By Brittany Hobson, The Canadian Press
Manitobans who test positive for COVID-19 soon will no longer be required to self-isolate.
The Progressive Conservative government announced Wednesday that, starting March 15, it will only recommend that people who have the virus isolate. The province will also stop investigating positive cases.
Those who test positive will still be notified, but the province will no longer trace where they may have caught or transmitted the virus.
Dr. Jazz Atwal, deputy chief public health officer, said COVID-19 will still affect hospitalizations and generate cases, but severe outcomes have been diminished.
“We’re moving to a more endemic stage. We never had an order or law in place in relation to any other infection, per se, prior to this,” Atwal said during a COVID-19 briefing.
“We need to learn to live with and understand (that COVID-19) is a part of our lives. It is going to continue to be a part of our lives.”
Premier Heather Stefanson said changing public health orders can always be risky and it’s incumbent upon people to do the right thing if they are sick.
“We need to move on from this, and certainly what we’re hearing from the public is that when it’s safe to do so, they want to be opened up. They want to interact with friends, neighbours, and family members again.”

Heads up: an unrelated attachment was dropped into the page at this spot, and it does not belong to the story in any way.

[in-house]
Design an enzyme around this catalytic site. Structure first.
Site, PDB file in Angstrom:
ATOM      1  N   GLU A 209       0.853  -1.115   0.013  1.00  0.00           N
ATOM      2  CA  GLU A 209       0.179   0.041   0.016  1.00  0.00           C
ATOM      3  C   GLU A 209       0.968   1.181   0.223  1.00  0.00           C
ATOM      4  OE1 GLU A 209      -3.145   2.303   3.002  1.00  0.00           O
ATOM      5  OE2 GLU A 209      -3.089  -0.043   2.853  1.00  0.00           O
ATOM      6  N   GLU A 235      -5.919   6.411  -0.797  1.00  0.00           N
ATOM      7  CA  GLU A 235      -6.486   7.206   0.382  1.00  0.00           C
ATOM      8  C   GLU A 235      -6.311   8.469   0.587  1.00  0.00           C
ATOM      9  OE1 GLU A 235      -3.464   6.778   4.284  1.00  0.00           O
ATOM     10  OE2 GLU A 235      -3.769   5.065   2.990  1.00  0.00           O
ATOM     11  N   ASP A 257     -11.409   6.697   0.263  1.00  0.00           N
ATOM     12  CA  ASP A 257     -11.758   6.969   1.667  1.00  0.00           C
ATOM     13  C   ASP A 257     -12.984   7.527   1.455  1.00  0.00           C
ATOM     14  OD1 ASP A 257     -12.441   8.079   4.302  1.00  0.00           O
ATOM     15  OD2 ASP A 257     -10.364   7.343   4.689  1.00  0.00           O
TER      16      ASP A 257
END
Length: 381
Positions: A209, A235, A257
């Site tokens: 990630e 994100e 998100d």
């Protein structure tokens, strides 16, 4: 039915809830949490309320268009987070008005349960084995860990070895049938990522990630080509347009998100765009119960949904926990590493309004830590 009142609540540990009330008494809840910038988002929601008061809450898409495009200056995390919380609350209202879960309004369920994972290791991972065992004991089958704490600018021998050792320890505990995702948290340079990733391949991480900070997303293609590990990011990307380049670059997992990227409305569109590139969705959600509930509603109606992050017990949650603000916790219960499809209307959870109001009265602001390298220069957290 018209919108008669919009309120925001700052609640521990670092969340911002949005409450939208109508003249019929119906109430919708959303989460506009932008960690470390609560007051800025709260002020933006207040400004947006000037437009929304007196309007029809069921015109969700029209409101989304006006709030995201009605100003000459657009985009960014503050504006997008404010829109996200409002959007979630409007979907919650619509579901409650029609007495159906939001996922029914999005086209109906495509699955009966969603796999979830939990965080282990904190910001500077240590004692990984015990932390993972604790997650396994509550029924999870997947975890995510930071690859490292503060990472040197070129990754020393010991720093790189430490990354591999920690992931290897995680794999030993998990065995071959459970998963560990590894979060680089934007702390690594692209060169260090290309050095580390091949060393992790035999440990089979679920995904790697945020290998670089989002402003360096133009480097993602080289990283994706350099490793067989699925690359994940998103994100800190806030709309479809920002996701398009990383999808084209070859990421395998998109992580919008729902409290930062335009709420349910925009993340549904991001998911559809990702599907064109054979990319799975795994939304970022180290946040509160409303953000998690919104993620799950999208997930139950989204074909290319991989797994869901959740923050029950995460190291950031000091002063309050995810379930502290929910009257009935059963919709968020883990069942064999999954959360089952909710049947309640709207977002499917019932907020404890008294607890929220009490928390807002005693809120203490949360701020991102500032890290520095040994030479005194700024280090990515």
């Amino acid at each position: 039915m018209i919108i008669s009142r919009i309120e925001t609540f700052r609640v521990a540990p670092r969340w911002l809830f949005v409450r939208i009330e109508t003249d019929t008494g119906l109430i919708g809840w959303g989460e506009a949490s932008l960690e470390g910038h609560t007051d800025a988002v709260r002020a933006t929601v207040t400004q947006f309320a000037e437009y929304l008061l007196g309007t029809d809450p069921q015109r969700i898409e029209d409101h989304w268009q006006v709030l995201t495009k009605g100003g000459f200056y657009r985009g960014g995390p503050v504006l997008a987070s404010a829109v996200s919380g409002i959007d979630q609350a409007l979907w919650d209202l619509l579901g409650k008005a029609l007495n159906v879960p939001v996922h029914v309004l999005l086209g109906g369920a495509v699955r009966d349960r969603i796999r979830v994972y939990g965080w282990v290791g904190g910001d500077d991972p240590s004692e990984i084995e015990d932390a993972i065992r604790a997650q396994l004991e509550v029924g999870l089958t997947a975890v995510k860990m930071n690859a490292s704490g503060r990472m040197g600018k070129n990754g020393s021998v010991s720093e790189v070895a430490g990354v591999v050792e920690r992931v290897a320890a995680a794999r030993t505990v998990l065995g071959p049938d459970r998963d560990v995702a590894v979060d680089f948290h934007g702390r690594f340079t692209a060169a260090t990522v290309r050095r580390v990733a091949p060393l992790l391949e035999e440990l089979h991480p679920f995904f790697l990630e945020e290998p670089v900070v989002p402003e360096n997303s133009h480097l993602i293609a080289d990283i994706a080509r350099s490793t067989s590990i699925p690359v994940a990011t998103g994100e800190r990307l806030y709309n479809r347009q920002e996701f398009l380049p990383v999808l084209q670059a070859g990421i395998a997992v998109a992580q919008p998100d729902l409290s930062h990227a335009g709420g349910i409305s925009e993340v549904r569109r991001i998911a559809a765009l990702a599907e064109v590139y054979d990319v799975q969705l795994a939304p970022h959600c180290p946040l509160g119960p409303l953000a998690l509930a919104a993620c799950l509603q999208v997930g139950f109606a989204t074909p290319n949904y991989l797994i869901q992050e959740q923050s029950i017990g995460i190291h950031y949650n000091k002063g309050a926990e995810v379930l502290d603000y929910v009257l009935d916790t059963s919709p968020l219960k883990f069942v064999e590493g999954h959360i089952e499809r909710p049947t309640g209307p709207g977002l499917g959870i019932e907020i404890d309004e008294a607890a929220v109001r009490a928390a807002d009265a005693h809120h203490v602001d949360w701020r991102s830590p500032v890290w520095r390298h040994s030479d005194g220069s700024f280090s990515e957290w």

There were 464 people in Manitoba hospitals Wednesday with COVID-19, including 30 in intensive care.
The province on Tuesday ditched vaccine passports that had been needed to enter many venues and mask mandates are to be removed on March 15.
The changes don’t prevent individuals and businesses from following previous mandates, said Stefanson.
“People can still wear masks if they want to. Businesses can still require proof of vaccine if they want to. Those are all things that are in place out there. It’s going to take a little while to get used to this.”
Some venues and restaurants have already said they are keeping rules in place.
The Royal Manitoba Theatre Centre has said it will keep vaccine passports and mask requirements until April 16.
Proof of vaccination will also continue at home games for the National Hockey League Winnipeg Jets and American Hockey League Manitoba Moose, although face coverings will become a recommendation only after March 15.
Saskatchewan also lifted its self-isolation requirement this week.
Atwal said there is likely to be an increase in cases as restrictions are lifted, but he doesn’t expect it will amount to a new wave of the pandemic.
“There will be an increase in transmission depending on how people will interact, but it shouldn’t cause significant impacts on the acute-care system.”
The Opposition NDP said the government’s decision to remove isolation requirements contradicts two years of public health messaging.
“They’ve decided to move ahead with a level of decision-making that doesn’t prioritize the protection of Manitobans,” health critic Uzoma Asagwara said.
Manitoba is distributing rapid antigen tests to various locations starting this week.
Some 18,000 tests are to go to public libraries and four million to pharmacies and grocery store retailers.
— With files from Steve Lambert in Winnipeg
This story was produced with the financial assistance of the Facebook and Canadian Press News Fellowship